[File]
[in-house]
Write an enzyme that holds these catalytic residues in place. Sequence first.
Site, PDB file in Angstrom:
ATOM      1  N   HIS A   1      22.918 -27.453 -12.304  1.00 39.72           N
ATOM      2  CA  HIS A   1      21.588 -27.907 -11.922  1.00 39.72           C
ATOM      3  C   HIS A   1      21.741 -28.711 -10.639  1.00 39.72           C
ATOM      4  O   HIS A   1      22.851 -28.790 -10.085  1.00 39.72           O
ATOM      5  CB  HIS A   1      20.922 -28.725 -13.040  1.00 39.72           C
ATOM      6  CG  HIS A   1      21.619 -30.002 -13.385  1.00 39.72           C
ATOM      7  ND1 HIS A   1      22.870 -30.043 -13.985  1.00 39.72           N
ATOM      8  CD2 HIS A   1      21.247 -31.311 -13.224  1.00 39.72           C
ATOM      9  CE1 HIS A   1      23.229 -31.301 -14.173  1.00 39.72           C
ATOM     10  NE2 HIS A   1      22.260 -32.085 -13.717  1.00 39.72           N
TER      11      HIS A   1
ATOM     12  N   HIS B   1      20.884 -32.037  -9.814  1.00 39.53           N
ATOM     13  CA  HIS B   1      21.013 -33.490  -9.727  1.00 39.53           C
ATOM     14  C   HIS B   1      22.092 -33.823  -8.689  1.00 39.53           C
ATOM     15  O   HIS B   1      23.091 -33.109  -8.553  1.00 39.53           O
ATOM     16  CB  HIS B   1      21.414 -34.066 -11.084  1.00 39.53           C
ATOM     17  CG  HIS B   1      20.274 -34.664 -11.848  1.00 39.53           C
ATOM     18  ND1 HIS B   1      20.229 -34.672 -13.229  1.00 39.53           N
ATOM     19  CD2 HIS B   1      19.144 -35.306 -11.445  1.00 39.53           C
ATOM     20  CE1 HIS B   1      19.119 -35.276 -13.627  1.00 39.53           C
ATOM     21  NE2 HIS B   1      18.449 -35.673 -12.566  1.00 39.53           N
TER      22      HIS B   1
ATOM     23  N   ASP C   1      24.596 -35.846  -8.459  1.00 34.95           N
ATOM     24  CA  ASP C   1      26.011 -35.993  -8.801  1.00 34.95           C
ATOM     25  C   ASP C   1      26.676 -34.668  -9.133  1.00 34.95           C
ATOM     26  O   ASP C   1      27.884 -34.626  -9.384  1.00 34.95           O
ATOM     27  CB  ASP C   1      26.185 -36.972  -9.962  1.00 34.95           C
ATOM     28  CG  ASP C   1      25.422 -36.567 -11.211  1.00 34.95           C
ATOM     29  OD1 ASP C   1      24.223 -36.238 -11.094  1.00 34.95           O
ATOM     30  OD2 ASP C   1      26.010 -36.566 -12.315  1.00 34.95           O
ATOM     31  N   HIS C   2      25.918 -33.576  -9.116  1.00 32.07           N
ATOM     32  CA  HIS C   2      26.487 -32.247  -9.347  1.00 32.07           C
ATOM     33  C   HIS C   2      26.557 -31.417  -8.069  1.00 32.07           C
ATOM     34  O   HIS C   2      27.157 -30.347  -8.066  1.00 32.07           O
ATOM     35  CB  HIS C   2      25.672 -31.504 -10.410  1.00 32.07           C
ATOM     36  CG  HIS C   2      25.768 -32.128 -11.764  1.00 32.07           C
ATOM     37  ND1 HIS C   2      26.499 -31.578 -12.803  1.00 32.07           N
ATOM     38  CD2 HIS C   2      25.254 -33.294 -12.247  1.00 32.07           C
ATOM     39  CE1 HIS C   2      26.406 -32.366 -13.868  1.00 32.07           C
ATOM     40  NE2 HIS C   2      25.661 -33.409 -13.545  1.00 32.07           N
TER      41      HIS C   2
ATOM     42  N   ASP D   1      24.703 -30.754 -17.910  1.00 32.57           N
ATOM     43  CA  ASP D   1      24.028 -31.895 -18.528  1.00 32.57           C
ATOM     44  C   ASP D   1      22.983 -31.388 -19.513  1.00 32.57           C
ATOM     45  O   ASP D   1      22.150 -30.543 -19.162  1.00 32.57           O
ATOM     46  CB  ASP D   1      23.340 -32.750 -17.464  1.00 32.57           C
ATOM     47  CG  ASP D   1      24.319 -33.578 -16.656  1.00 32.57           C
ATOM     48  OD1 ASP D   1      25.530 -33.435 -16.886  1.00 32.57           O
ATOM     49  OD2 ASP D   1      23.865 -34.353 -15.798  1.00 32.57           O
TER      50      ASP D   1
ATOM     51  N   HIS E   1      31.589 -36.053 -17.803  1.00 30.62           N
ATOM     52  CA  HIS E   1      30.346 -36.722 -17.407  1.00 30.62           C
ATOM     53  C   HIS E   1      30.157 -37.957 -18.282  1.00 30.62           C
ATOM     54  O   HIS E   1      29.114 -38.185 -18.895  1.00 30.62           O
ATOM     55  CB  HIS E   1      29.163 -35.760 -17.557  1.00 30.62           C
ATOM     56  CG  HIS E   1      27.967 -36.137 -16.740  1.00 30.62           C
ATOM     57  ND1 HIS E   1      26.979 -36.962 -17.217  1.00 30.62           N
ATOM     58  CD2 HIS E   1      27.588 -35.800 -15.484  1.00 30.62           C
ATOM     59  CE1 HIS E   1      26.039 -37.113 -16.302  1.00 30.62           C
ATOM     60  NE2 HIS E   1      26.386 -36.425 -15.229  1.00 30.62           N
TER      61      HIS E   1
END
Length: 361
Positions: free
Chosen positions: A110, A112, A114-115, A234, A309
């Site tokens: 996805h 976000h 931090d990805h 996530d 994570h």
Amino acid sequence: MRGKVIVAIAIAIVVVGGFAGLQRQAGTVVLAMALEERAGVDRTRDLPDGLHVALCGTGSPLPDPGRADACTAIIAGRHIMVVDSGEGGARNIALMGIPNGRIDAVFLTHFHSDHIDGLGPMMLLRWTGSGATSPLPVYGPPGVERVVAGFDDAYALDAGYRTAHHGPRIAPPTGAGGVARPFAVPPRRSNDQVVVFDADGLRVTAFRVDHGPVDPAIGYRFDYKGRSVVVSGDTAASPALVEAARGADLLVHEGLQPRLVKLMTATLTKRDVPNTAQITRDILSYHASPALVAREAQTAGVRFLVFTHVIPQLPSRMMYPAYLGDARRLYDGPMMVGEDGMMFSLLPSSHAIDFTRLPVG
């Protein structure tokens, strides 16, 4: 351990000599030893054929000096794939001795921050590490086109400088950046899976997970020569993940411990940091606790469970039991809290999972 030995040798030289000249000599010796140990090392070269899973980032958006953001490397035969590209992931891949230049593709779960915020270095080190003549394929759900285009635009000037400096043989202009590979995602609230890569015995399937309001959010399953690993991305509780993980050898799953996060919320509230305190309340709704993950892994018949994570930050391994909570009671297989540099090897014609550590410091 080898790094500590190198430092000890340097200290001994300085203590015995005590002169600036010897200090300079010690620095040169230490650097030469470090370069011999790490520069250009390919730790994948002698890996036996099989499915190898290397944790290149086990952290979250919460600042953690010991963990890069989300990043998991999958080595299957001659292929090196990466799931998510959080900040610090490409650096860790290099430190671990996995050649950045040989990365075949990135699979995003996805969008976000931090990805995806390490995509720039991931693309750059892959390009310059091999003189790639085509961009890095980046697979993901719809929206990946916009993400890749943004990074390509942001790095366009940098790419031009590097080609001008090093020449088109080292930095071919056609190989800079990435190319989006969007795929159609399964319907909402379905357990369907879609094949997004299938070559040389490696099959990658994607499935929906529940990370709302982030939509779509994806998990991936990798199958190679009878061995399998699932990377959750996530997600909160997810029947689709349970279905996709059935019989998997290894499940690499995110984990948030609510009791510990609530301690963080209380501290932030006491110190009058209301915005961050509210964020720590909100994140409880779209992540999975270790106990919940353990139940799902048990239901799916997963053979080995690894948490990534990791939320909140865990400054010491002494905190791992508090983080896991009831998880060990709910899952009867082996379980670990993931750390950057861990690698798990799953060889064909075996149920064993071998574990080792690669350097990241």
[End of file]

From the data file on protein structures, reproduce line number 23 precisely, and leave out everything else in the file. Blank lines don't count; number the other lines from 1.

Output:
ATOM     20  CE1 HIS B   1      19.119 -35.276 -13.627  1.00 39.53           C